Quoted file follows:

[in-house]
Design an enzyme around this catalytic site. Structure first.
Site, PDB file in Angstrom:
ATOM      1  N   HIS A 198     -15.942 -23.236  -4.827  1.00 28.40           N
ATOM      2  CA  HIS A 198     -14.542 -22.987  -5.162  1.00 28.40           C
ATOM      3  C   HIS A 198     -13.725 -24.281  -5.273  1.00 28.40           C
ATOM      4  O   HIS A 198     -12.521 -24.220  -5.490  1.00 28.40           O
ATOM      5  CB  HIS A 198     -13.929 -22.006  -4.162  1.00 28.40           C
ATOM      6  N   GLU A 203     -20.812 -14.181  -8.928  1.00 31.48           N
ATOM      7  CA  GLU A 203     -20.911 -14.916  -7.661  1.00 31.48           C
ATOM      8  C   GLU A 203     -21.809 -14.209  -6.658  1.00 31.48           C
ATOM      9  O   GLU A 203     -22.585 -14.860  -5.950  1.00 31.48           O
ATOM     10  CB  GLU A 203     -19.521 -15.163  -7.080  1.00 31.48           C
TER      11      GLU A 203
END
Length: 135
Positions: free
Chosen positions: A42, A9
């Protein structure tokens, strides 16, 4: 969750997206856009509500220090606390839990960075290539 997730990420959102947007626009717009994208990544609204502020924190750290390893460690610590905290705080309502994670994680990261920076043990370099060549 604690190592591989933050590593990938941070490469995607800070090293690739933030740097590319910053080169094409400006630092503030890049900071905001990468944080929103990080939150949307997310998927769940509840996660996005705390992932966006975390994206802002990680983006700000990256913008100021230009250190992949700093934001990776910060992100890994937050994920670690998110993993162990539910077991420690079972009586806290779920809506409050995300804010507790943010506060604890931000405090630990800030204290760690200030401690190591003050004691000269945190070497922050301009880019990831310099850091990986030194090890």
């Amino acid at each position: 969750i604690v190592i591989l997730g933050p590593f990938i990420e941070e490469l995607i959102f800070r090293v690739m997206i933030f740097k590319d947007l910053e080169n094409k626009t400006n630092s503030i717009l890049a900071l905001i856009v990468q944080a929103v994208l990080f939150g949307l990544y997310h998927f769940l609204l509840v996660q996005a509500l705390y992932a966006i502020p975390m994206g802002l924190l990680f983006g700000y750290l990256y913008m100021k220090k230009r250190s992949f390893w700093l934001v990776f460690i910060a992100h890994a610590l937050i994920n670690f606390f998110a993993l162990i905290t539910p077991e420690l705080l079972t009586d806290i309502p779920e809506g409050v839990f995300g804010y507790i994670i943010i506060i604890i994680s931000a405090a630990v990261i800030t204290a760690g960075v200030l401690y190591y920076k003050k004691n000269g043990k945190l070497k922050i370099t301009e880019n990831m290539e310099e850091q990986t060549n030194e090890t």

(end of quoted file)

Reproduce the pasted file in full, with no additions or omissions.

[in-house]
Design an enzyme around this catalytic site. Structure first.
Site, PDB file in Angstrom:
ATOM      1  N   HIS A 198     -15.942 -23.236  -4.827  1.00 28.40           N
ATOM      2  CA  HIS A 198     -14.542 -22.987  -5.162  1.00 28.40           C
ATOM      3  C   HIS A 198     -13.725 -24.281  -5.273  1.00 28.40           C
ATOM      4  O   HIS A 198     -12.521 -24.220  -5.490  1.00 28.40           O
ATOM      5  CB  HIS A 198     -13.929 -22.006  -4.162  1.00 28.40           C
ATOM      6  N   GLU A 203     -20.812 -14.181  -8.928  1.00 31.48           N
ATOM      7  CA  GLU A 203     -20.911 -14.916  -7.661  1.00 31.48           C
ATOM      8  C   GLU A 203     -21.809 -14.209  -6.658  1.00 31.48           C
ATOM      9  O   GLU A 203     -22.585 -14.860  -5.950  1.00 31.48           O
ATOM     10  CB  GLU A 203     -19.521 -15.163  -7.080  1.00 31.48           C
TER      11      GLU A 203
END
Length: 135
Positions: free
Chosen positions: A42, A9
């Protein structure tokens, strides 16, 4: 969750997206856009509500220090606390839990960075290539 997730990420959102947007626009717009994208990544609204502020924190750290390893460690610590905290705080309502994670994680990261920076043990370099060549 604690190592591989933050590593990938941070490469995607800070090293690739933030740097590319910053080169094409400006630092503030890049900071905001990468944080929103990080939150949307997310998927769940509840996660996005705390992932966006975390994206802002990680983006700000990256913008100021230009250190992949700093934001990776910060992100890994937050994920670690998110993993162990539910077991420690079972009586806290779920809506409050995300804010507790943010506060604890931000405090630990800030204290760690200030401690190591003050004691000269945190070497922050301009880019990831310099850091990986030194090890």
């Amino acid at each position: 969750i604690v190592i591989l997730g933050p590593f990938i990420e941070e490469l995607i959102f800070r090293v690739m997206i933030f740097k590319d947007l910053e080169n094409k626009t400006n630092s503030i717009l890049a900071l905001i856009v990468q944080a929103v994208l990080f939150g949307l990544y997310h998927f769940l609204l509840v996660q996005a509500l705390y992932a966006i502020p975390m994206g802002l924190l990680f983006g700000y750290l990256y913008m100021k220090k230009r250190s992949f390893w700093l934001v990776f460690i910060a992100h890994a610590l937050i994920n670690f606390f998110a993993l162990i905290t539910p077991e420690l705080l079972t009586d806290i309502p779920e809506g409050v839990f995300g804010y507790i994670i943010i506060i604890i994680s931000a405090a630990v990261i800030t204290a760690g960075v200030l401690y190591y920076k003050k004691n000269g043990k945190l070497k922050i370099t301009e880019n990831m290539e310099e850091q990986t060549n030194e090890t």